In a bid to replace up to 17 separate cards currently required for Medicare benefits, family tax, child-care and unemployment payments, pensions, Austudy and pharmaceutical and transport concessions, Australia is rolling out a biometric identity card plan. Persons may begin applying for the card in 2008, and they project is expected to be implemented by 2010.
While Australians will need a photo identity card within four years to receive Medicare and welfare payments but will not be forced to carry it at all times. People will be able to register for the card from the beginning of 2008 and it will be phased in over two years.
The new "smart card" will contain "enhanced security," very much like the current biometric passports, identity cards and visas currently being introduced by numerous western nations, such as the United States, Great Britain and Germany.
Australia's ID card will also be used to check identities for immigration and security purposes and to crack down on fraud. Its embedded computer chip will include at least a photograph, number, signature, date of birth and address.
From 2010 people will not be able to receive government health and welfare payments without a card. People may choose to have other information stored on the card, such as health and emergency contact details which, for example, ambulance officers could use.
Although it will cost $1 billion it is estimated it will save the Government $3 billion a year.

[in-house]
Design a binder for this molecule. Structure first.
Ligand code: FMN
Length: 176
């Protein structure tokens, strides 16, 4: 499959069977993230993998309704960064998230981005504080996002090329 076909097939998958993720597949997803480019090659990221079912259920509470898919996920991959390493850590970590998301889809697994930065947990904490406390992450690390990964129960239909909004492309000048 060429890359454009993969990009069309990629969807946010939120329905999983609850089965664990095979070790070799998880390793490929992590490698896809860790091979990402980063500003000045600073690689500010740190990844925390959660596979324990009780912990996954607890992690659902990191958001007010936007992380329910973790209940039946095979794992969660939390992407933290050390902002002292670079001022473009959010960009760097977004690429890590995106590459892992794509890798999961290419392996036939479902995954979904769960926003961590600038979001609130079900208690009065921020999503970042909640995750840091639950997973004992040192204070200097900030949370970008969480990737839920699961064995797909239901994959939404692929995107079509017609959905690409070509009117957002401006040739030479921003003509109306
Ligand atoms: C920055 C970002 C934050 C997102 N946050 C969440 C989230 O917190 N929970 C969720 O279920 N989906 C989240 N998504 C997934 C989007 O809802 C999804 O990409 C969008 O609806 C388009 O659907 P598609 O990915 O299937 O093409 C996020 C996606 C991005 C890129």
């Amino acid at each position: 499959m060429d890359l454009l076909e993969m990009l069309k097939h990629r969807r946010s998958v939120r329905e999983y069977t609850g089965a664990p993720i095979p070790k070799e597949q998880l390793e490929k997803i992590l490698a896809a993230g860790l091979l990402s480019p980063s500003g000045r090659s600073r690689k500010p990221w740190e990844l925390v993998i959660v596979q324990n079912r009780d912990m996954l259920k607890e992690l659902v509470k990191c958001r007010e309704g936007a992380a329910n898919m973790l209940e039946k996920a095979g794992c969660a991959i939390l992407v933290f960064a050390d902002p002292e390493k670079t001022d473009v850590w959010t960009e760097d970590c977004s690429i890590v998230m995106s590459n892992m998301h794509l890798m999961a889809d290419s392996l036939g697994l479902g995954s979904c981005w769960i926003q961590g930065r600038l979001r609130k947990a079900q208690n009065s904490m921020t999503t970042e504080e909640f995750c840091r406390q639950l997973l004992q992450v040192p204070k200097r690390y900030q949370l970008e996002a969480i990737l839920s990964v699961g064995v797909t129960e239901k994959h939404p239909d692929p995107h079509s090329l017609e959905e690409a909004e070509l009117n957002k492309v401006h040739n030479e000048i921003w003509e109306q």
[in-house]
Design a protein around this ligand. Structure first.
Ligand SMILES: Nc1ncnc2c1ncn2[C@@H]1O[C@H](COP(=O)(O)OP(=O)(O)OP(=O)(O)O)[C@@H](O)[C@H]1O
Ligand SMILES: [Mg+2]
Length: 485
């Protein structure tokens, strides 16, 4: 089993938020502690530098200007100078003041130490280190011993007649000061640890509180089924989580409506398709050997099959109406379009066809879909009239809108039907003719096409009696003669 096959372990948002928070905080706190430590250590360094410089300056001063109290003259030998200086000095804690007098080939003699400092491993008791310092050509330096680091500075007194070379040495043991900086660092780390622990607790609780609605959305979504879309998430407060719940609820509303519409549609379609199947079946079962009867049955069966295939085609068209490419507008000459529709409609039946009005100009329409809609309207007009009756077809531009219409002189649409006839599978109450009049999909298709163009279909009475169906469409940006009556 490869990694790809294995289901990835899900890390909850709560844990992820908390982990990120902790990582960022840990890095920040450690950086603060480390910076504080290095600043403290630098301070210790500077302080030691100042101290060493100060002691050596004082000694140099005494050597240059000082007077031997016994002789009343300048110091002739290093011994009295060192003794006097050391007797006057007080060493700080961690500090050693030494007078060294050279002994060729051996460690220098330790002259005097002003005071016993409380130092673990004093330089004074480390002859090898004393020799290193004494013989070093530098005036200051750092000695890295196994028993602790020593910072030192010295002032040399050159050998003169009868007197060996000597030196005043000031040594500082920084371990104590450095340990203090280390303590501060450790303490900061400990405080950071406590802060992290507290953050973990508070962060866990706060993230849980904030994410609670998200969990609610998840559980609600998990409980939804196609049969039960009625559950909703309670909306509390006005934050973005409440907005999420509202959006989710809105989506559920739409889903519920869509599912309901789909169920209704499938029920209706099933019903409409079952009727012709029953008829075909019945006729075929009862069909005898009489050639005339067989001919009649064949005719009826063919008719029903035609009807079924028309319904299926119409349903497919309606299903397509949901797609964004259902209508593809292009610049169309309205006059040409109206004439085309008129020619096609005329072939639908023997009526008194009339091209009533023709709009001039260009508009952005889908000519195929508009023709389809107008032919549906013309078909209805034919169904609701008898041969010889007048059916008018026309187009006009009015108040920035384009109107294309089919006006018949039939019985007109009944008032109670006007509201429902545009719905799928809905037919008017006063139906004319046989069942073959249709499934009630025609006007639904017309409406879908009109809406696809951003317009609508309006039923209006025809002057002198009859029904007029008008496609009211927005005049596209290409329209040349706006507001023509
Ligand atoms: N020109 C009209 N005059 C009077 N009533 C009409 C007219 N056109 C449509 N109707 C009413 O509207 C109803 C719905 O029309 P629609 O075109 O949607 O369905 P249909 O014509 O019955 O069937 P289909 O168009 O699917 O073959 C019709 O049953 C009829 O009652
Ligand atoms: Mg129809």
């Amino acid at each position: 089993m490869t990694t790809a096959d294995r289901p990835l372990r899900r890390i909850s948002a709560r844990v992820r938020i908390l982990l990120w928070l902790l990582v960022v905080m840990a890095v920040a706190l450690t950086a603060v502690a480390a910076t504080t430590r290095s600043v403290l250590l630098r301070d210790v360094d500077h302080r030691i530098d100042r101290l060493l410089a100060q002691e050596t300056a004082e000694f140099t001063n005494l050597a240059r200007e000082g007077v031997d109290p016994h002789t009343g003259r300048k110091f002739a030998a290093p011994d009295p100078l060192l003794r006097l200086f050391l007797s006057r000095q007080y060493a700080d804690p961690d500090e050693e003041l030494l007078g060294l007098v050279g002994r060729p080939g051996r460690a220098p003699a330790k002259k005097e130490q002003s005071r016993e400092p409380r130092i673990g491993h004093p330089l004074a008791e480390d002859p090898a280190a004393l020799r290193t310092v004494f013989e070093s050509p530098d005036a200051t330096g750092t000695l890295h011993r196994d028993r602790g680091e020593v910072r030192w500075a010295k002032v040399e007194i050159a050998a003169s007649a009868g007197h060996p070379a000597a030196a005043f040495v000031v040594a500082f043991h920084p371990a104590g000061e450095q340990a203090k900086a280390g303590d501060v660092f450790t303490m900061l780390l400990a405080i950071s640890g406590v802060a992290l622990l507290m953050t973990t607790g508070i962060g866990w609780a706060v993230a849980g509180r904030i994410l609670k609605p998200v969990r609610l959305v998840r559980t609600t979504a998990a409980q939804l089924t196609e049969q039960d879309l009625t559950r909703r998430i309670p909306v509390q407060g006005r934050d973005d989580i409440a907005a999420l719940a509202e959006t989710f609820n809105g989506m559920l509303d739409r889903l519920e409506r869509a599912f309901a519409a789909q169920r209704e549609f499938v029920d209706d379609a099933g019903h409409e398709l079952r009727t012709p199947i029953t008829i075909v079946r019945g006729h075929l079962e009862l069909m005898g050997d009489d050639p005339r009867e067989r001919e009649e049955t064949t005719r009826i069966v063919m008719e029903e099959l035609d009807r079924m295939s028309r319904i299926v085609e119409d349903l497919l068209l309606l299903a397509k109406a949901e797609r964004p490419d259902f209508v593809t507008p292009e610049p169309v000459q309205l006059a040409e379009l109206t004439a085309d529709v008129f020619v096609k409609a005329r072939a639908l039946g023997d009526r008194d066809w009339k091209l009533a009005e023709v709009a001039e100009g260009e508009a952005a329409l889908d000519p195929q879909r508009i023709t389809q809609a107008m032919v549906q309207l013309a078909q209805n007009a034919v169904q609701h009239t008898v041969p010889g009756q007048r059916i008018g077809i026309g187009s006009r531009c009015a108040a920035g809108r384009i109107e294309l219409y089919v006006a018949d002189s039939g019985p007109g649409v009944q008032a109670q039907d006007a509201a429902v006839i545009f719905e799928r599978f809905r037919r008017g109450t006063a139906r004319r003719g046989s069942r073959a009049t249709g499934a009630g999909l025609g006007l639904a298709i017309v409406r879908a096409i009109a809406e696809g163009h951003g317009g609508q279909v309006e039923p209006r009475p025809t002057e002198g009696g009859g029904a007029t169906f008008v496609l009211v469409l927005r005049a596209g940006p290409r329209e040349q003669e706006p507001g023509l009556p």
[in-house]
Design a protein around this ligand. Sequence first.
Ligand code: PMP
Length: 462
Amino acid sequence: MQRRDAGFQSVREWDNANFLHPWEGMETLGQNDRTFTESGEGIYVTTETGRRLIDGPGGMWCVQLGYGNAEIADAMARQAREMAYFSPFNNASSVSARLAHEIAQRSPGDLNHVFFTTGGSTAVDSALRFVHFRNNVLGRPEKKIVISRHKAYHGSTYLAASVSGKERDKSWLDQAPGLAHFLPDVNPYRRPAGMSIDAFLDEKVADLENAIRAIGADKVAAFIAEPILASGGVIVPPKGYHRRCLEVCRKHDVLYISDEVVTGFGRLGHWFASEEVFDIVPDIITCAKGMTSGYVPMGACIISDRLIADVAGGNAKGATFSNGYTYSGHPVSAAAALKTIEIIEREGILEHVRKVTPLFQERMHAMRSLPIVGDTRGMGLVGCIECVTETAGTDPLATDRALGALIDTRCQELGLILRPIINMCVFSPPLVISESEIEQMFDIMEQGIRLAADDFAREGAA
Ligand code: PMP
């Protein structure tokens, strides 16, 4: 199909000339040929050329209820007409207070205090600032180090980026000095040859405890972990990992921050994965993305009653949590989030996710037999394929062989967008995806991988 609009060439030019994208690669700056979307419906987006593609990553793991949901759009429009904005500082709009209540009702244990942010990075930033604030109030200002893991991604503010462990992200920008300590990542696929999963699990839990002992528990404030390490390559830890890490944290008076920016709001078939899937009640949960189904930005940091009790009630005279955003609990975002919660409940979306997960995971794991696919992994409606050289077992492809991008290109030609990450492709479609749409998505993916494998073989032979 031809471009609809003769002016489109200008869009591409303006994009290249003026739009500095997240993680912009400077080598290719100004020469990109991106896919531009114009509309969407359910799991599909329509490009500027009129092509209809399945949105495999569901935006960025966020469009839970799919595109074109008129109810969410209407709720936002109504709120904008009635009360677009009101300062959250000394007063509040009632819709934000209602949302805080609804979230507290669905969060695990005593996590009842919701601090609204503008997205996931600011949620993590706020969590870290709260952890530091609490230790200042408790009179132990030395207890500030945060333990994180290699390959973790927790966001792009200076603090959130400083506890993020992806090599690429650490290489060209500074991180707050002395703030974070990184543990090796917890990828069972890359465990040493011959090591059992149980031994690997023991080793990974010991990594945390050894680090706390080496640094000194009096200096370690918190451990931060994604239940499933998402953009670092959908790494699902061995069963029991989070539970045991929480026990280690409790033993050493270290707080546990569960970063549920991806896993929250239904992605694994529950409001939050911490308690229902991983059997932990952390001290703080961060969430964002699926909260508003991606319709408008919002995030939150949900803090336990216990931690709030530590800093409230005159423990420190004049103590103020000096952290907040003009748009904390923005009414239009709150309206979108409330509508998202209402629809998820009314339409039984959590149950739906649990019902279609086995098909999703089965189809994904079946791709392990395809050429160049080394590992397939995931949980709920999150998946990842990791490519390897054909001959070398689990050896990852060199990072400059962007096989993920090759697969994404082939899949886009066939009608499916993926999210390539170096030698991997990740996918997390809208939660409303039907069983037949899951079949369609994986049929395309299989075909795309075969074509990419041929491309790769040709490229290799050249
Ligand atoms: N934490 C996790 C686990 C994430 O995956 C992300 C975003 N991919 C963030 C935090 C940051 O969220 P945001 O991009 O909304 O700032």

The Prime Minister, John Howard, said the Government had considered a national identity card after last year's London bombings but in the end it "was not predisposed to adopt a national ID card".
He denied the card was "a Trojan horse for an ID card" but acknowledged it would have "enhanced security features".
He said the security features of the smart card were one reason that a separate national identity card was not deemed necessary. Its perceived "Big Brother" features were another reason.
The Government's decision followed a number of cabinet debates. Mr Howard said it showed a balance had been struck between ease of access to government payments and enhanced security measures on the one hand and legitimate concerns about storing personal information on the other.
However some of his ministers think of it as an identity card. Before the announcement the Treasurer, Peter Costello, referred to it as just that, and then corrected himself.
The NSW Premier, Morris Iemma, whom Mr Howard consulted before the announcement, welcomed the card. He said it was possible to balance threats to security with individual rights.
However, the president of the NSW Council of Civil Liberties, Cameron Murphy, said the card would put people at risk of identity theft and fraud. "Everybody is interested in streamlining accessibility to government services," he said.
"It's really how you go about doing it and ensuring any system is safe and secure and people aren't forced to provide information that is unnecessary and exposes them to the risk of fraud."
The president of the Australian Council of Civil Liberties, Terry O'Gorman, said the announcement "marked a move towards an eventual ID card".
Business reacted suspiciously, saying it could easily turn into an identity card.
The Australian Chamber of Commerce and Industry's chief, Peter Hendy, said that although he supported clamping down on welfare fraud he was concerned that "an upgraded card runs the risk of providing government with a platform for a far more costly and intrusive Australia Card-type proposal".
The Opposition's human services spokesman, Kelvin Thomson, gave in-principle support to the card but warned of a potential cost blow-out to the Australian budget.
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